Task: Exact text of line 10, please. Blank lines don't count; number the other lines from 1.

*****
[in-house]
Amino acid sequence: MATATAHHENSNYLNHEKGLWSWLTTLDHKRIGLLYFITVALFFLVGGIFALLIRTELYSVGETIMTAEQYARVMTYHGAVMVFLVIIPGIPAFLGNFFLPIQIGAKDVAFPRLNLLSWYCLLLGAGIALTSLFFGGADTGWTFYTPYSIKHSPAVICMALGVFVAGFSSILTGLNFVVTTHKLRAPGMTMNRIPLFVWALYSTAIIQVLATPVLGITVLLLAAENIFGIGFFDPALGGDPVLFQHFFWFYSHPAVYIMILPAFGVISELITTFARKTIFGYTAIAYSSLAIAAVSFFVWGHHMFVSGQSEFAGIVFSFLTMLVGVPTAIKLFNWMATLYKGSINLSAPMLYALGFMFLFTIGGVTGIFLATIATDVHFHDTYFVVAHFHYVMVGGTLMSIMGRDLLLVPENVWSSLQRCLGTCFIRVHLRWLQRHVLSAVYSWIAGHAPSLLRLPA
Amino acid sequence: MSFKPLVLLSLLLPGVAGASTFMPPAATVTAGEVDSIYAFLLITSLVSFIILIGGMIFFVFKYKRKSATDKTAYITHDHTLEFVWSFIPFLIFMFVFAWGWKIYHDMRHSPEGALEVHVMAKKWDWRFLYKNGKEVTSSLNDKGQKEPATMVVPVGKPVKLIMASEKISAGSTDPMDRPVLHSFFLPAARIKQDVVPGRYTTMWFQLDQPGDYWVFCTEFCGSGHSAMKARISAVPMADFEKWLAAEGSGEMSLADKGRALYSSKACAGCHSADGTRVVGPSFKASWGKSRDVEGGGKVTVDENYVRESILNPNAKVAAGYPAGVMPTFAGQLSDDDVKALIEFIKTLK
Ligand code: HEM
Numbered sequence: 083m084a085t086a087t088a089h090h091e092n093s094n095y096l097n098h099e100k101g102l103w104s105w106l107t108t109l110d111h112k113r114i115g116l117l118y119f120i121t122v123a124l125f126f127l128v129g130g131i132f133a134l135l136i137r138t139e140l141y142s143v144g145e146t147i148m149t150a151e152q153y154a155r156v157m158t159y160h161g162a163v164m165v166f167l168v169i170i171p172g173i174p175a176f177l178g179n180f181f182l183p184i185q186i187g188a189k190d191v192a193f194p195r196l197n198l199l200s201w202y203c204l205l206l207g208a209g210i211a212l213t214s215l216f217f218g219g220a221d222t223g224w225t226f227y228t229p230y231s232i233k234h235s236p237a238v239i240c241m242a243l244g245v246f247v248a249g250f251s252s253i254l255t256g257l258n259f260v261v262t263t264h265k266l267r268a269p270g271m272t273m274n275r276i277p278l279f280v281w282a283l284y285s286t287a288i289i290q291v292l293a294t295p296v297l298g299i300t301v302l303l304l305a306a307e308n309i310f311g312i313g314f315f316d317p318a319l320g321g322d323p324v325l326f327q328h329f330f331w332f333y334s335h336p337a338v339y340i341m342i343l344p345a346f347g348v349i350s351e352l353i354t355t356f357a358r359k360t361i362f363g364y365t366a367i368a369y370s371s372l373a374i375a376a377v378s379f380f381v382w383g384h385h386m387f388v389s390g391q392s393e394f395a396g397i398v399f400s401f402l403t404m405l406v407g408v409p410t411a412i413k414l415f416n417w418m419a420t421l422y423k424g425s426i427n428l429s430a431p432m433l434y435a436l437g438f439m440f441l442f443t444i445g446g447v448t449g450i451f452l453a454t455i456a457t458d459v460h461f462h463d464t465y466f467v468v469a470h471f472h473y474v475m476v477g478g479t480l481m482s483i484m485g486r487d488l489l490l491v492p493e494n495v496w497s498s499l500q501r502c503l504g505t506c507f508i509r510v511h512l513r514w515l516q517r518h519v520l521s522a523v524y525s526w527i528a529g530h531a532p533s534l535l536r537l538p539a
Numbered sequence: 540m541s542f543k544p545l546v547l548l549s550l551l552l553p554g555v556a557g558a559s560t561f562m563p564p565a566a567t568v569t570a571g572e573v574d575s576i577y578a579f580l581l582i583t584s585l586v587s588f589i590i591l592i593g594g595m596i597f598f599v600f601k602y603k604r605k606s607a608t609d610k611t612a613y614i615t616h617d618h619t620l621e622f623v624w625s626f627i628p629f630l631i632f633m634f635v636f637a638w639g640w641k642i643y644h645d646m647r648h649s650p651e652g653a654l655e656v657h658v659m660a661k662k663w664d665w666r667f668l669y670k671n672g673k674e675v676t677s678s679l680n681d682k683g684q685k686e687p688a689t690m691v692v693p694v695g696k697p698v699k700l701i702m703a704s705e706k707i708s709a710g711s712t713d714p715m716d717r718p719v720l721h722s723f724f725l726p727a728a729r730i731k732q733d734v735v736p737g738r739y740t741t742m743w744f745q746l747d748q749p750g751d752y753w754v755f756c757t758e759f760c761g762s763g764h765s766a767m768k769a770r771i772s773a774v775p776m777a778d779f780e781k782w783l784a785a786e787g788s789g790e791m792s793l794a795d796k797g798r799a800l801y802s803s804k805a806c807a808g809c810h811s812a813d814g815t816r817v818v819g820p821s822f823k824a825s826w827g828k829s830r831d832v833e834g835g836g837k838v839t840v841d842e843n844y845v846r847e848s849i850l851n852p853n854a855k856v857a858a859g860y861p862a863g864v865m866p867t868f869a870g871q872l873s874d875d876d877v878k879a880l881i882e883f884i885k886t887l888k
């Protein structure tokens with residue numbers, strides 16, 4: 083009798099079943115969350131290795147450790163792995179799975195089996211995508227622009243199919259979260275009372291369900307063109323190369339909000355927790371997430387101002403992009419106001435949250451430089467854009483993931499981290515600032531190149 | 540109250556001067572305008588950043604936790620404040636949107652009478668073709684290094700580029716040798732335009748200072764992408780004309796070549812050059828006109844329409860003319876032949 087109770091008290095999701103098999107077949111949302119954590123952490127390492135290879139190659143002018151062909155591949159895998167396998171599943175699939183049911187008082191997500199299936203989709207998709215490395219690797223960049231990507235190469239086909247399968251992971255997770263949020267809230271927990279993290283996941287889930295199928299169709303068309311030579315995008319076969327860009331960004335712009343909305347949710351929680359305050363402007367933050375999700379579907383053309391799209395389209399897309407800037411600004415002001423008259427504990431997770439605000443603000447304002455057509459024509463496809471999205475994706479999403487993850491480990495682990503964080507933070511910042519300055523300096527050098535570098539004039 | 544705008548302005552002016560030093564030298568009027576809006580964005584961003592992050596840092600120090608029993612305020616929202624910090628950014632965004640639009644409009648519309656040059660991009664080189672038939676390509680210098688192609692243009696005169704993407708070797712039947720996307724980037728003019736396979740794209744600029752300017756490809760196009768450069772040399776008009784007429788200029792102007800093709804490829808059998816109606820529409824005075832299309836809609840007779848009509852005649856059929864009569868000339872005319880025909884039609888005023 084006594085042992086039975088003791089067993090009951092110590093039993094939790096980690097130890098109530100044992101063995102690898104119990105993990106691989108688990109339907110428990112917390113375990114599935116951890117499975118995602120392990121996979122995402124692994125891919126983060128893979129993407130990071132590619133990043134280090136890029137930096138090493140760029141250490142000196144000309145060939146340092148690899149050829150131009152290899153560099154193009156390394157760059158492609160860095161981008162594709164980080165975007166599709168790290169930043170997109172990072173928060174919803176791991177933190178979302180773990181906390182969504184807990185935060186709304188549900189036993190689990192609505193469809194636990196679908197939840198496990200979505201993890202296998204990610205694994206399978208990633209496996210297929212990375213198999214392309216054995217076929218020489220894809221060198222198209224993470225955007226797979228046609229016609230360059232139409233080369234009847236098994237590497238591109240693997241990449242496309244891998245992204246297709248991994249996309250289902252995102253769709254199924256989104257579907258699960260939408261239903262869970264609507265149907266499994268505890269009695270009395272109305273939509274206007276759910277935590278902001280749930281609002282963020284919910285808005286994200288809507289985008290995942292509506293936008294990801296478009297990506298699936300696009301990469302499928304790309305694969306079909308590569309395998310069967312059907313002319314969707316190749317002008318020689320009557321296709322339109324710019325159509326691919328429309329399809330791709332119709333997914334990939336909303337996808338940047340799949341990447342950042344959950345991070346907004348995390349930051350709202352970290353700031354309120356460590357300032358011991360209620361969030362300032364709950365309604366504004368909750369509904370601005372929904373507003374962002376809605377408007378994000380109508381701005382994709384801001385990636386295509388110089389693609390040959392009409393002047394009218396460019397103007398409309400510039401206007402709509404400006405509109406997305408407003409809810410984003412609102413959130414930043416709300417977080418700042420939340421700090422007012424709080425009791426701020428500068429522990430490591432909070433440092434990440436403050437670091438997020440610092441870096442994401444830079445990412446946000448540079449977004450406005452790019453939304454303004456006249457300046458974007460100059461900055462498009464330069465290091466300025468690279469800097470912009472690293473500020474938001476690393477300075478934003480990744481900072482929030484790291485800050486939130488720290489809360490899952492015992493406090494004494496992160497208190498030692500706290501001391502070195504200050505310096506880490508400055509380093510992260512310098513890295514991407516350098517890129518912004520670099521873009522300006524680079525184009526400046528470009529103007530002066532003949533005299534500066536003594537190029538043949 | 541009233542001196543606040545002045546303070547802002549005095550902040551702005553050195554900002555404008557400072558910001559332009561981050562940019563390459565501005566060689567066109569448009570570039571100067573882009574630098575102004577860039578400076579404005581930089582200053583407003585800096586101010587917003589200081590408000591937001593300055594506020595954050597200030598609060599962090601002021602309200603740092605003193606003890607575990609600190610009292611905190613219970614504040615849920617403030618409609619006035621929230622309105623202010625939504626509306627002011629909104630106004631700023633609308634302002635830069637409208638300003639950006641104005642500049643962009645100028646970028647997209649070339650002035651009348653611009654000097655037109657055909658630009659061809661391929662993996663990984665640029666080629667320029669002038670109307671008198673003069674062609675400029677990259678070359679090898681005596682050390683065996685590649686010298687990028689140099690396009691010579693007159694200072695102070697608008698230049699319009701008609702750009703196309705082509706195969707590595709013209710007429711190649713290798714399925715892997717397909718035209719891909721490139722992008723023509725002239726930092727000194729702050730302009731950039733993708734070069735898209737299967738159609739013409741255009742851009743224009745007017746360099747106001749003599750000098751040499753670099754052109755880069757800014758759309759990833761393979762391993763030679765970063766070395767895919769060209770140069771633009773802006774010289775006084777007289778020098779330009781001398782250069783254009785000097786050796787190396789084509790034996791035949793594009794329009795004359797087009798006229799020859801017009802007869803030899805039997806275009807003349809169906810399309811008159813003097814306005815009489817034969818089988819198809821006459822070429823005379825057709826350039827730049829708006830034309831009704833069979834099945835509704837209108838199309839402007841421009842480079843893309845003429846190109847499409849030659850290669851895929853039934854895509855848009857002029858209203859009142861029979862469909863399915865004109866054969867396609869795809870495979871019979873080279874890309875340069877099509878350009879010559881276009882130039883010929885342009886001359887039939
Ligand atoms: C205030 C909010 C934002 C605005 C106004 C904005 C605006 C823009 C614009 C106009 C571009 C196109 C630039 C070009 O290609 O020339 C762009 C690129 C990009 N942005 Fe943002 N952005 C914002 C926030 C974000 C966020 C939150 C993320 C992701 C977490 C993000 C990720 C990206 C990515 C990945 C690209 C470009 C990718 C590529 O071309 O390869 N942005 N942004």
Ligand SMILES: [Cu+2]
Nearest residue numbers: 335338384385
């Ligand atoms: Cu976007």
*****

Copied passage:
Nearest residue numbers: 335338384385